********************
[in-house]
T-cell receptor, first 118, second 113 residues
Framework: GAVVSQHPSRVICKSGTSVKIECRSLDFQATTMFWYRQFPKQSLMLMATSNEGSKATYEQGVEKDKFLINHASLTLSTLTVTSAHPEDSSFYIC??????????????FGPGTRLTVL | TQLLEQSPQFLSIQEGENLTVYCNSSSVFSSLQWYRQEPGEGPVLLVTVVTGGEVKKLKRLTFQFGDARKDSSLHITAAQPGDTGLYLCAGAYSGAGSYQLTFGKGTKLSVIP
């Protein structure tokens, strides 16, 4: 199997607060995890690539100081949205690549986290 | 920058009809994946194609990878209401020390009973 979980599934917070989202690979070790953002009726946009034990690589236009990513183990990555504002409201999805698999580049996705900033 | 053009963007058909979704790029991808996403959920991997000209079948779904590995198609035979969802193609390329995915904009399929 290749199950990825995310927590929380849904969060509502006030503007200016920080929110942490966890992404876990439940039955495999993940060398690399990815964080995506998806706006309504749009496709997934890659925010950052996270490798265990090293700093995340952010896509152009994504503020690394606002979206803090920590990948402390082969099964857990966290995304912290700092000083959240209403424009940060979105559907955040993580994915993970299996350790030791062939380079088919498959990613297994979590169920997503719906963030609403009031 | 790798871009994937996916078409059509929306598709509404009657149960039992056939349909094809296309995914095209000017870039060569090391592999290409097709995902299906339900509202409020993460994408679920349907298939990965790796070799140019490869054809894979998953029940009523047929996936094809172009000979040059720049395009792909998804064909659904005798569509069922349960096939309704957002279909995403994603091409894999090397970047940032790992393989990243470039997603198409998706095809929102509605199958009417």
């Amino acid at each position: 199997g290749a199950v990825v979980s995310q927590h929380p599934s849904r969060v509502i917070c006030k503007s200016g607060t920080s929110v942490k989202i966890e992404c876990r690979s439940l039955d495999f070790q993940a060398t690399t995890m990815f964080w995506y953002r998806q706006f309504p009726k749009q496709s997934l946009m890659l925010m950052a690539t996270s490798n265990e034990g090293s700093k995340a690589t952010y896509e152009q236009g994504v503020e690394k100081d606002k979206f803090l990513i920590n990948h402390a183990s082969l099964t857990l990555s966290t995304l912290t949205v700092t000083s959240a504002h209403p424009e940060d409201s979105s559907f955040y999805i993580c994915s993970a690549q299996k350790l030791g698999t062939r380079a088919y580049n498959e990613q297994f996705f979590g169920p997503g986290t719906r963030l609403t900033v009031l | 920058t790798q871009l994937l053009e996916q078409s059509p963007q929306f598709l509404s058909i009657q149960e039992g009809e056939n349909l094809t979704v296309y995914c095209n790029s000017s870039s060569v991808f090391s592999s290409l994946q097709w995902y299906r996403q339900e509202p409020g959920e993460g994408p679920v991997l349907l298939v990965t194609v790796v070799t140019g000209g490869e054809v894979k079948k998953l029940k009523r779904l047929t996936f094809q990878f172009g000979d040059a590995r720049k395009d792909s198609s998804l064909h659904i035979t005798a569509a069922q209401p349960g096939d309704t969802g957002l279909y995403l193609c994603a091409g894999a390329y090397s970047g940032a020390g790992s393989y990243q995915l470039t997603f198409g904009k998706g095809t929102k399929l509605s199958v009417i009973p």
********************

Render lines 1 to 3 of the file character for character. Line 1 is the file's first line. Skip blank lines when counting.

[in-house]
T-cell receptor, first 118, second 113 residues
Framework: GAVVSQHPSRVICKSGTSVKIECRSLDFQATTMFWYRQFPKQSLMLMATSNEGSKATYEQGVEKDKFLINHASLTLSTLTVTSAHPEDSSFYIC??????????????FGPGTRLTVL | TQLLEQSPQFLSIQEGENLTVYCNSSSVFSSLQWYRQEPGEGPVLLVTVVTGGEVKKLKRLTFQFGDARKDSSLHITAAQPGDTGLYLCAGAYSGAGSYQLTFGKGTKLSVIP